Quote Originally Posted by MarkB701 View Post
    Hello Jody, yes it does work on trikes. I have a trike myself that I attach it to the rear of. I'll post a pic of the Power Pod attached to my trike this weekend - I have 2 brackets, one on my handcycle and one on the trike so I can switch the same Power Pod between both.....


    Hey Patrick, those pictures are great! and great to finally see what you look like in action! I see what you mean about your roads being a little rough over your way.....

    My parents fly in tonight for Christmas. My father is a cyclist. I am so excited to finally be able to take him on a decent ride up on some of the amazing Georgia roads. We used to cycle together before my accident, so this is gonna be very cool to both go cycling together again....
    Mark in looking at the photo of your rig attached I'm thinking it would not be too hard to build a aluminum platform rack between the seat backrest on the handcycle and the rack of the PP. This platform could be used to bungy cord down the wheelchair after removing it's wheels fairly easily I'd think whilst seated on the handcycle. This would be a great way to take the chair with you and off course with the PP you'd not have to worry about the extra weight going up hills. You should think about something like that and offer it as a option.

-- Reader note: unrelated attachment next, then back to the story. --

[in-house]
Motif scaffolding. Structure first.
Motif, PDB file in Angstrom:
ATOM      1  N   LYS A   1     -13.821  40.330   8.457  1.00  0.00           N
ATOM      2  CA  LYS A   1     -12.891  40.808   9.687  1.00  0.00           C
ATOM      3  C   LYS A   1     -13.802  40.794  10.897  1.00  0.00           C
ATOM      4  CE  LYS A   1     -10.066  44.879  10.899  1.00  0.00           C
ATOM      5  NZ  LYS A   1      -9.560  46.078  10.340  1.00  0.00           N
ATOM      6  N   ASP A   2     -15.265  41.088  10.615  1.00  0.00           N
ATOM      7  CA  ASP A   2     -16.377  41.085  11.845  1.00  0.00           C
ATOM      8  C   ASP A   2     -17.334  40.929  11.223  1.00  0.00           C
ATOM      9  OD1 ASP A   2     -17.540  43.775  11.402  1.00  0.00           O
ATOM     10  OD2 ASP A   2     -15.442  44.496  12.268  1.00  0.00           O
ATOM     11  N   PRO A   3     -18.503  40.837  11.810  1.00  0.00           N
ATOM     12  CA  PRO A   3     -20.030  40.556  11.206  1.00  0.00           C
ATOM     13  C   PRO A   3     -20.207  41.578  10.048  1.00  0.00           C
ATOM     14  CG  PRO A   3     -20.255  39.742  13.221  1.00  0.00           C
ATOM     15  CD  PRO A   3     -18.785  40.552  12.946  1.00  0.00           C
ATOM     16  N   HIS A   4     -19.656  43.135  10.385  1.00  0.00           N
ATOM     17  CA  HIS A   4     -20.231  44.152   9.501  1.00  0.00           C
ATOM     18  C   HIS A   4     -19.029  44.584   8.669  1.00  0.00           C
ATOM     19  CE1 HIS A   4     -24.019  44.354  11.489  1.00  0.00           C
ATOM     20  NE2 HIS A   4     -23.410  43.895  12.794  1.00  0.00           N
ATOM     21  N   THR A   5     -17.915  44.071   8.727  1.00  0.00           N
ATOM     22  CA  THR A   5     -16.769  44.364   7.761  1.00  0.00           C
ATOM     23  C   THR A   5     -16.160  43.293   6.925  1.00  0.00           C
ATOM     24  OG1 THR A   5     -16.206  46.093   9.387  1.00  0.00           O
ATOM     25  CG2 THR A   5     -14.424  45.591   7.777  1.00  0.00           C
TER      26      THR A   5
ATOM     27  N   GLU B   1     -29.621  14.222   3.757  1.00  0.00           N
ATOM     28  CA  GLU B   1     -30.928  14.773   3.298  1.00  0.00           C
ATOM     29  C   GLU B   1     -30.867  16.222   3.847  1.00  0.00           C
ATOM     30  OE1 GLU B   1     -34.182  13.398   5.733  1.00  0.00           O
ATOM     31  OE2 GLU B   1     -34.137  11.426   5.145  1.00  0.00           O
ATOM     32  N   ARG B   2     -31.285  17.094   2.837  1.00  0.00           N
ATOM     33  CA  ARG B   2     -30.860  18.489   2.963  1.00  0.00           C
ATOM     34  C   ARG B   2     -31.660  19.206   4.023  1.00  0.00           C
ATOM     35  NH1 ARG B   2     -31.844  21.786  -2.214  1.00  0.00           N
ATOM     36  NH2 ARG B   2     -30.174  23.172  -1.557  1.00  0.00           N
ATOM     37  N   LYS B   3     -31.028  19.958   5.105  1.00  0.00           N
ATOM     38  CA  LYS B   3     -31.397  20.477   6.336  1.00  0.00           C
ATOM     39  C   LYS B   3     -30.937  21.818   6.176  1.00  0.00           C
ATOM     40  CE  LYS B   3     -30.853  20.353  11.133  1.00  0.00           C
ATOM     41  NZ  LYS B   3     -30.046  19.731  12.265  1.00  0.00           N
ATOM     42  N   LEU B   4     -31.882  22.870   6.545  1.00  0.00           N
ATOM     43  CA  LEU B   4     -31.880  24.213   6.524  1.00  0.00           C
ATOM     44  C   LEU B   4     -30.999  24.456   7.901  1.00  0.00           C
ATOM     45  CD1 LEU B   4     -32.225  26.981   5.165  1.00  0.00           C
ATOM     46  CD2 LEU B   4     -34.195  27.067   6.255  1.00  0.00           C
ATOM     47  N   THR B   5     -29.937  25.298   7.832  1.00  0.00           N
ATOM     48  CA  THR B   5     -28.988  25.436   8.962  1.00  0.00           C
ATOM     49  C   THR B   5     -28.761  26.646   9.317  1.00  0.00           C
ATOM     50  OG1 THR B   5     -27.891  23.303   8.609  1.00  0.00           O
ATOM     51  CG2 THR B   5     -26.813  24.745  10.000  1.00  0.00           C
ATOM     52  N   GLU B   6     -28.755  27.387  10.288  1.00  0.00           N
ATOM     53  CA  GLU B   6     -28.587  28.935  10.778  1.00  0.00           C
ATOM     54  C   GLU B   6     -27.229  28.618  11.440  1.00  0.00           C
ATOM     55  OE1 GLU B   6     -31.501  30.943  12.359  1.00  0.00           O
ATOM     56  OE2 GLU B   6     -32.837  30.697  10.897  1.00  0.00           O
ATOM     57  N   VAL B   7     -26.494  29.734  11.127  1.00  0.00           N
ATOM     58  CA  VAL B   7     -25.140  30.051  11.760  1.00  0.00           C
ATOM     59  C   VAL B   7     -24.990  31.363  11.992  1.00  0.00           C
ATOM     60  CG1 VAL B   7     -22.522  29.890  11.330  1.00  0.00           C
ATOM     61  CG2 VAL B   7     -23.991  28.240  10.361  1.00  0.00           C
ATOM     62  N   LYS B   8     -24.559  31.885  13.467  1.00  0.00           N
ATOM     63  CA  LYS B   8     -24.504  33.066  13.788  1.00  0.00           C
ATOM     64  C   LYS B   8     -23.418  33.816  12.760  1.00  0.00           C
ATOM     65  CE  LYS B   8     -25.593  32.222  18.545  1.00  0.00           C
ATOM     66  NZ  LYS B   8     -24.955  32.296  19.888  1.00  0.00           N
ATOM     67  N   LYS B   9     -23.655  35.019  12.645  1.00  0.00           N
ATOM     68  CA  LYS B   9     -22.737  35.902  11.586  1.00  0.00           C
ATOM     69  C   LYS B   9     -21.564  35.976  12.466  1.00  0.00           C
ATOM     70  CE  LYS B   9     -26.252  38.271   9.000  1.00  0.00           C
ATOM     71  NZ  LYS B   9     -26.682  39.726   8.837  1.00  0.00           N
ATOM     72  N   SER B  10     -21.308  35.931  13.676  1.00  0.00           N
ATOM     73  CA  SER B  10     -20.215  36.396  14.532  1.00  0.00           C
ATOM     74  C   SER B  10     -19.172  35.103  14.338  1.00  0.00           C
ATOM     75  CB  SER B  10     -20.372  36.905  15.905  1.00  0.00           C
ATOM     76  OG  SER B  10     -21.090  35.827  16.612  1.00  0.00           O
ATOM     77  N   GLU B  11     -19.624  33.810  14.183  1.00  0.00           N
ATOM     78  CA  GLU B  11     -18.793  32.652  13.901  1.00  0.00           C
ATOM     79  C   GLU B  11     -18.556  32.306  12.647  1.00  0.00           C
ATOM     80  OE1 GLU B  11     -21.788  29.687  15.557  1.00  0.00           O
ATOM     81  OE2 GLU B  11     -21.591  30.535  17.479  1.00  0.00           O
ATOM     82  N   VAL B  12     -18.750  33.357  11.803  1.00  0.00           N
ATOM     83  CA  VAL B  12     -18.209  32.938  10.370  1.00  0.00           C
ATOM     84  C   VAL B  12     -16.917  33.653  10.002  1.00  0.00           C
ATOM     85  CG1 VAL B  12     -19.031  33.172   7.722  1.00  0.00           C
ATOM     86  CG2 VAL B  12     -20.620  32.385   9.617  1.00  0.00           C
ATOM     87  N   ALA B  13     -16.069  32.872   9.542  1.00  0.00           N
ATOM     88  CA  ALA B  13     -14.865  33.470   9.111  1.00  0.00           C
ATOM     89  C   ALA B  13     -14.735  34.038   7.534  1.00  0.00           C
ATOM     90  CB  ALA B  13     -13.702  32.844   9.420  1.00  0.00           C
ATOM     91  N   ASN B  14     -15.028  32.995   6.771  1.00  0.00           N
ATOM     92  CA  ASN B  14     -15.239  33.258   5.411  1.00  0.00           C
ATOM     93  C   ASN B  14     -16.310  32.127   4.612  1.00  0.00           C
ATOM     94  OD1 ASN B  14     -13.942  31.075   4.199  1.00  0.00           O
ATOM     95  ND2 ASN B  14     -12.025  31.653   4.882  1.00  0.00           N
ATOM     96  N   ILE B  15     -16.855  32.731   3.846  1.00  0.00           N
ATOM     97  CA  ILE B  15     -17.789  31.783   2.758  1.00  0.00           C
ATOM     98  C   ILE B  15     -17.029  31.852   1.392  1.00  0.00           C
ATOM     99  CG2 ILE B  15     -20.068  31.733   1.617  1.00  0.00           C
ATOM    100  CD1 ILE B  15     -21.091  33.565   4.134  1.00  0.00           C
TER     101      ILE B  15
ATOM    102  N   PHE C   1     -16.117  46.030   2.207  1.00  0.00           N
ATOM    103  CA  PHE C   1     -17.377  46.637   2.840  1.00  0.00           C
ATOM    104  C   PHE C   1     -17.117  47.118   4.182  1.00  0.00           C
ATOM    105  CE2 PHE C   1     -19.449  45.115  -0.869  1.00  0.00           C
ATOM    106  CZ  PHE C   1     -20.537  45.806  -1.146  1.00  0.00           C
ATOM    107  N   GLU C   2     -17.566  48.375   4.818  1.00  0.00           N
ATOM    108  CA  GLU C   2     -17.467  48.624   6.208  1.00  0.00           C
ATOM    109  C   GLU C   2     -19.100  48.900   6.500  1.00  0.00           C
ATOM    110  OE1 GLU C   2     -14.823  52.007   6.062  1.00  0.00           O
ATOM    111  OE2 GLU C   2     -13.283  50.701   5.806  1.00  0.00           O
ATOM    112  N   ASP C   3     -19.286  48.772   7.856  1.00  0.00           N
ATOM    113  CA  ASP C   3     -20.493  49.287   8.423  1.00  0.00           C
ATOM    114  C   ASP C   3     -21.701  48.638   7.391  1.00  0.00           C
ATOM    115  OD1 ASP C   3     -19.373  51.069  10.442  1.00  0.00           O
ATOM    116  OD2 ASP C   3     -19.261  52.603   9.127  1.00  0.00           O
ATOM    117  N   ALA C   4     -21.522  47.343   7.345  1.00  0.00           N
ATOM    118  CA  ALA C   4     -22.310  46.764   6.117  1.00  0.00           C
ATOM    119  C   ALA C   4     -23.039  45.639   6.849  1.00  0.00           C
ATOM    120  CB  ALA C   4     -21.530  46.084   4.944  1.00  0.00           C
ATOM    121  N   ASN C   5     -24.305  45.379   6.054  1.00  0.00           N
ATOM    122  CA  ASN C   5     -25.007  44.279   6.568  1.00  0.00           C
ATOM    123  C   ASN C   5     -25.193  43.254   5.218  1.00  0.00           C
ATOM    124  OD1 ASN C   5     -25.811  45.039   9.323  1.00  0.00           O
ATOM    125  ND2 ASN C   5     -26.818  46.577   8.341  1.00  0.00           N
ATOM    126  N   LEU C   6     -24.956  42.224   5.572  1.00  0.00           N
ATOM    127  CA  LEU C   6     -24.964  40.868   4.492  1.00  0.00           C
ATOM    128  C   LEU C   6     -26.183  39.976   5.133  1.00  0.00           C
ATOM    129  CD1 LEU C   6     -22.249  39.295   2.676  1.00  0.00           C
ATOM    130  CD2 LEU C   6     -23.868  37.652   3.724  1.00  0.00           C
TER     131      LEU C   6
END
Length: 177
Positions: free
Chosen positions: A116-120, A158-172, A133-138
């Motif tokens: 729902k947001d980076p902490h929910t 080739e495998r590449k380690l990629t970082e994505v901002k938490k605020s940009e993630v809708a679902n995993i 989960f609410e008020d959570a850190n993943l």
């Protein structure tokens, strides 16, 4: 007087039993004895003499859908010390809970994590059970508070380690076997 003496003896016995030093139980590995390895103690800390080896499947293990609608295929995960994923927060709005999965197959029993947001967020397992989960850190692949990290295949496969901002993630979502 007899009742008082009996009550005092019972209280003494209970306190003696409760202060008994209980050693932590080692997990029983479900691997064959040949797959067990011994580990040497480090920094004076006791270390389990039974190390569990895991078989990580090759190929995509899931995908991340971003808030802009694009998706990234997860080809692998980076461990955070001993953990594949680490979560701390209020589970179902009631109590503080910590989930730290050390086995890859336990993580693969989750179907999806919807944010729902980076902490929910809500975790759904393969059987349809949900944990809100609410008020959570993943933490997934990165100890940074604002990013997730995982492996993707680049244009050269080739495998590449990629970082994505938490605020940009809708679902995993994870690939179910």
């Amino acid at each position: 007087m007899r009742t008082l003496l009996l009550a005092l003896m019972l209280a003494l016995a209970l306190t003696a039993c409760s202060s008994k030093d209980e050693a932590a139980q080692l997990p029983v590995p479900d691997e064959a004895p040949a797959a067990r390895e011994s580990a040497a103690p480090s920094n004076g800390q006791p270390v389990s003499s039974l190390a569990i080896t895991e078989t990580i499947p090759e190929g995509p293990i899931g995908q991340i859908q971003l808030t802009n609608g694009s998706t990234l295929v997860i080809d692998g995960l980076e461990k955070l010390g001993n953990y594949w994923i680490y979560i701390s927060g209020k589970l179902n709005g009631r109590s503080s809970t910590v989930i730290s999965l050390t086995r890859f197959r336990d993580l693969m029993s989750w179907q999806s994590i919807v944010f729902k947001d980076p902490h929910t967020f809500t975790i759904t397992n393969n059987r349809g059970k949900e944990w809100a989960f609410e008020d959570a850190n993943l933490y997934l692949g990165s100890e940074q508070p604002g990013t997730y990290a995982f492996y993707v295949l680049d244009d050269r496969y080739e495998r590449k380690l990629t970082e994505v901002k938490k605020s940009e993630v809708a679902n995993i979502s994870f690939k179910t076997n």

Also Mark the comment I made about the power pod being able to be used for Marathons is a valid one as it would really level out the field if a calculation could be made as to the specific amount of charge the battery had at the start of the race based on the persons disability. For years I've been doing Marathons and they are so unfair as obviously a person who is 40 percent less disabled (say a L1 injury) vs a person (say a t-4 injury, me) is going to cover the ground a heck of a lot faster. My best in a 26 miler is around 2 hours, a L1 guy has done it in around 1 and half hours. So say the PP had a digital readout showing the amount of charge and it was calculated that I got a 84 percent battery charge to be equal to the L1 guy that would make it fair. Age could also be factored in as obviously a 24 year old has a large advantage over a 53 year old. Trying to get this approved and have people not be worried that is cheating could be a trick, but I'd be willing to push for it if I can ever get myself healthy again.
    Last edited by Curt Leatherbee; 12-23-2011 at 01:15 PM.
    "Life is about how you
    respond to not only the
    challenges you're dealt but
    the challenges you seek...If
    you have no goals, no
    mountains to climb, your
    soul dies".~Liz Fordred

  9. #29
    Quote Originally Posted by Patrick Madsen View Post
    Hey Curt, Good question, I've been pondering that myself. Yeah it's just all the sports, wheeling and I suppose handcycling also for 38 years. Everything went well until around three years ago; I went from bench pressing 350lbs on my 60th birthday to 0 probably six months later. It may have been all the small tears and rips thru the years, who knows. Might have been the cortizone shots, the 60 foot highfalls as an a/b.

    We used to laugh at the remarks from the older guys telling us to take care of our shoulders; we were young and invincible. Now I find myself saying the same thing that they did.

    After riding with the powerpod I would have to agree with you in that it could help save a lot of distress later on for the younger riders. That's the beauty of the pp; a person doesn't have to have it attached 100% of the time. It's a great training tool,at a good cost, for those that want to race or just ride faster or ride with a/b friends for 30 miles with little stress on the shoulders.